This immigration love story does it the ‘right way’
By Sharon Kha
“It’s not that we don’t want Mexicans to come to America,” the woman in the coffee shop said. “It’s just that we want them to do it the right way.”
The right way? And what would that be? Should we advise them to do exactly as we did?
When we were the ones on the other side of the fence wanting to settle in this new country, we cheated the people who were living there at the time — the Indians. We herded them into reservations and broke every treaty we made with them. When all else failed, we gave them disease-infected blankets that killed them off.
No, I don’t think we want our neighbors to the south to imitate us.
The task of finding examples of the “right way” to immigrate is more difficult than I had anticipated.
But I found it in award-winning journalist Linda Valdez’ new book, “Crossing the Line: A Marriage Across Borders.”
This is a romance so strong it defied immigration laws.
Valdez won national awards writing about immigration in Arizona when that state was the hot-spot for undocumented border crossing, border deaths, Sheriff Joe Arpaio’s racial profiling and the 2010 “show me your papers” law.
“I’ve written about the policies,” she said. “I decided to tell my own story to counter some of the angry rhetoric about immigration with some genuine emotion, our love story.”
In her book, published by Texas Christian University, tells about her marriage to Sixto Valdez two weeks after he crossed the border illegally to be with her. That was nearly 28 years ago.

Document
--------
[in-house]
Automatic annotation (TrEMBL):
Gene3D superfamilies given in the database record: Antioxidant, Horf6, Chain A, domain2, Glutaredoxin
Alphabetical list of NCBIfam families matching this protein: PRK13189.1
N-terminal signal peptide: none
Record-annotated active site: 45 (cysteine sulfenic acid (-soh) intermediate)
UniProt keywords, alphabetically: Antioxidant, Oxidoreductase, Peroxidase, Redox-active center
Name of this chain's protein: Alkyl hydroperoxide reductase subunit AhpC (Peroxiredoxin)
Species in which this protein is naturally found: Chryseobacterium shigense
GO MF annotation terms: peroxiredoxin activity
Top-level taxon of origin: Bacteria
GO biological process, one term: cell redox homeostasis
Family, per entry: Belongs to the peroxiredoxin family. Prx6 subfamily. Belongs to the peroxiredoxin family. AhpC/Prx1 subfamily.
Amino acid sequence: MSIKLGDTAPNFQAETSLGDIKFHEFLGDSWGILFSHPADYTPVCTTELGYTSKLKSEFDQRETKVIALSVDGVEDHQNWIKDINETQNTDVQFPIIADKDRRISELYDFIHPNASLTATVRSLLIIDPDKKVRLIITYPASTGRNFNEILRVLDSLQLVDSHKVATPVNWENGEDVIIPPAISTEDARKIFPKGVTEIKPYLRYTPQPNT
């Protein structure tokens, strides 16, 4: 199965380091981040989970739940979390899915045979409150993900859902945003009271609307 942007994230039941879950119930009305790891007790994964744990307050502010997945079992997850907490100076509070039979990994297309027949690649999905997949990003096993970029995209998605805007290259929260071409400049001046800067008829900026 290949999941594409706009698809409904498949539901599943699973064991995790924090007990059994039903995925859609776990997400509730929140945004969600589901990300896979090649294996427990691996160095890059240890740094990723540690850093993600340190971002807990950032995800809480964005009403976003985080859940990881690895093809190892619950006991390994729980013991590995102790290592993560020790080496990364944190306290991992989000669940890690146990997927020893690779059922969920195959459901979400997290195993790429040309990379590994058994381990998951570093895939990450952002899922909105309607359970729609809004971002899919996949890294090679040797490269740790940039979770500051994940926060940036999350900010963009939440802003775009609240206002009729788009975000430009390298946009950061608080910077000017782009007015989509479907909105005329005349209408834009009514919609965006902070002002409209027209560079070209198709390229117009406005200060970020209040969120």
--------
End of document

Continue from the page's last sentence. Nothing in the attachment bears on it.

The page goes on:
Even though her book is all fact, it reads like fiction. Her attention to detail draws you into the story from the very first line which reads:
“Dona Sole didn’t kill the chicken that night. She put it in the kitchen under a milk crate and she put a rock on top of the crate so the bird couldn’t get out.”
Valdez provides a look into rural Mexico that most Americans never see as she tells her story of discovering how the Mexican culture is one of caring for family and community.
When Valdez became part of Sixto’s family, they embraced her. When a flood drove them from their homes when she and her mother were visiting, the community took care of them as though they had been in the family forever.
“Imagine how we would have treated a Mexican family stranded in Phoenix,” Valdez said. “I don’t think we would come out very well.”
Valdez sees the southwestern border between the United States and Mexico as the Ellis Island of this generation, and she tells the story of how Sixto and their daughter formed one aspect of the new American family.
It’s a story for these times. Former Arizona Attorney General Terry Goddard said this book should be required reading for Donald Trump. Former Arizona Governor Fife Symington calls it a story of “ faith, understanding, and community.”
Linda Valdez has been a member of the Arizona Republic editorial board since 1993. She was a finalist for the Pulitzer Prize for editorial writing in 2003 and won the Scripps Howard Walker Stone award for editorial writing in 2010.
Sixto Valdez teaches first, second and third graders in public school. He earned his master’s degree in bilingual learning disabilities in order to prevent Spanish-speaking children from being misclassified as special education students.
Their story in “Crossing the Line: A Marriage Across Borders” is about doing it the right way.
Sharon Kha, 73, was born in Canada and immigrated to America in her late 20s to become a high-school English teacher, a TV news reporter at KGUN-TV in Tucson, Arizona, for 10 years, and a spokeswoman for the University of Arizona in Tucson for 22 years. She retired in 2005.